Planning Director Tex Haeuser reviewed staff and public comments and compiled a list of 13 paper streets that City staff think should be vacated. The council will vote on the issue at a future meeting.
If the council votes to vacate the paper streets the city will no longer have public rights to the street and the interest in the street passes to the abutters to the centerline of the street, unless the original owners reserved the title.
The city is considering vacating Spruce and Hobson streets, Glendale and Loraine avenues and a portion of Rosedale Avenue, part of Prides Road and Coolridge Avenue, an unnamed road near Lawn Avenue, part of Hunnewell Road between Skillings Street and Cash Street, unnamed streets between Bonnybank Terrace and Romano Road and off Bonnybriar Road extending towards Bonnybank Terrace, Ridgeway Road off Alfred Street, and part of Thadeus Street between Skilling Street and Cash Street.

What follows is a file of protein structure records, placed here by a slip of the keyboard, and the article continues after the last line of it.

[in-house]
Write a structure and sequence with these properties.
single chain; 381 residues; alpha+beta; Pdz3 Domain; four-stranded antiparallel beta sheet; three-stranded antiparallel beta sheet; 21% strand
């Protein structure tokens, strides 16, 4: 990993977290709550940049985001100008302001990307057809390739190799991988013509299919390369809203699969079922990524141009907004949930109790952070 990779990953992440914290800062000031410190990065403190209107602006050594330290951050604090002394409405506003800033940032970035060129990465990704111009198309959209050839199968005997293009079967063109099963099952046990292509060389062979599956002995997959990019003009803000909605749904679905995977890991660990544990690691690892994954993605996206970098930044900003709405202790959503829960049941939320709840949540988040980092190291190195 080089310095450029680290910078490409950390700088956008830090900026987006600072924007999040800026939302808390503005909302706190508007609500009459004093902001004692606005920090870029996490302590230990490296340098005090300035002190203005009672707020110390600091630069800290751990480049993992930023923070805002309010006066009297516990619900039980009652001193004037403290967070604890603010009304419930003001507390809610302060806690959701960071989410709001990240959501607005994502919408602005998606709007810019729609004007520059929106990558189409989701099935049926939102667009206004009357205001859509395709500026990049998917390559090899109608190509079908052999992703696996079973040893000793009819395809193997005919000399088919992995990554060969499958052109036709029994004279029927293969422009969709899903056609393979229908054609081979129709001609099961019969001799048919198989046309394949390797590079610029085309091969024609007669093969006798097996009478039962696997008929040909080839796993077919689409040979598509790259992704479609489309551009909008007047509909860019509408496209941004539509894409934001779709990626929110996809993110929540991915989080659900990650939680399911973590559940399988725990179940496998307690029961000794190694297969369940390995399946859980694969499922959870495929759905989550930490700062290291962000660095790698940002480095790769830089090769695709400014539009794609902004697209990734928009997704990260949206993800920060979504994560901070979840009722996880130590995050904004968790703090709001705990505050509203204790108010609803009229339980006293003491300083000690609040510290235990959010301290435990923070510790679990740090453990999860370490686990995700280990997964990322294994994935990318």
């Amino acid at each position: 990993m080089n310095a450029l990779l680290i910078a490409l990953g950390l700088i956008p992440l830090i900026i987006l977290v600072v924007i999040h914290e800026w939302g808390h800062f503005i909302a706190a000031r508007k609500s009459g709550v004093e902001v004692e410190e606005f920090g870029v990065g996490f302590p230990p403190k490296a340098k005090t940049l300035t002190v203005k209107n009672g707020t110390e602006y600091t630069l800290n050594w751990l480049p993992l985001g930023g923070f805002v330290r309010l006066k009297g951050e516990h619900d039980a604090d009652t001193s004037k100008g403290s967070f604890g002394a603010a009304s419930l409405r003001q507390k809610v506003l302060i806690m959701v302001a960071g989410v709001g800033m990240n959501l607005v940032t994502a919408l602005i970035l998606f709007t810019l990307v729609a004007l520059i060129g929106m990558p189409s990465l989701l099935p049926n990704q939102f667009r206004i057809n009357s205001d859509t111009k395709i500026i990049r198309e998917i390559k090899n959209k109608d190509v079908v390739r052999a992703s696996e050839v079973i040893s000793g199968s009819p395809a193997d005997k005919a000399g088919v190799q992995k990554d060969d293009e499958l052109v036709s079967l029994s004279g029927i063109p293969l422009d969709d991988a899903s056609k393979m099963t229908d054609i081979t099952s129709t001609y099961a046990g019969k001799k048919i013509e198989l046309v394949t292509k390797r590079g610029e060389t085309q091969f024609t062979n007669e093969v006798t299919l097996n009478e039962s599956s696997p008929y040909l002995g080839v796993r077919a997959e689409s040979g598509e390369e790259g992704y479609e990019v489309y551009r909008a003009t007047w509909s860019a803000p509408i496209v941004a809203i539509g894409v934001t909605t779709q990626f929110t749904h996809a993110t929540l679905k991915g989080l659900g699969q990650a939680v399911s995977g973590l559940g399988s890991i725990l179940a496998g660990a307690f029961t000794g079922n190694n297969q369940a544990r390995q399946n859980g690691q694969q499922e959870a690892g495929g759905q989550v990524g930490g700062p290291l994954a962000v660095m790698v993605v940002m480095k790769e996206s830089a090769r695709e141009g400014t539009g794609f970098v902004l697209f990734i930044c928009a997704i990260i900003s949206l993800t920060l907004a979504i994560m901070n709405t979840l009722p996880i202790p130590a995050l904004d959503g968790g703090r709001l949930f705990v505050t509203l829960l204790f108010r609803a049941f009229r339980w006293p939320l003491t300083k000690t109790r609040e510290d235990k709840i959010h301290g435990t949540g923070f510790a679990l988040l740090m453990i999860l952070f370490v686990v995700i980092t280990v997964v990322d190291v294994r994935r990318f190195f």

Councilors continued to discuss zoning and licensing of marijuana at the workshop.
The discussion included whether it should be allowed as a home occupation and, if allowed, if it should require the same fire and building codes as a commercial operation, and distances between licensed facilities.
Councilor Claude Morgan, who chaired the meeting in the absence of Mayor Patti Smith, said councilors must compromise and get the zoning and licensing to a first reading.
The primary study area of South Portland’s West End Neighborhood Master Plan.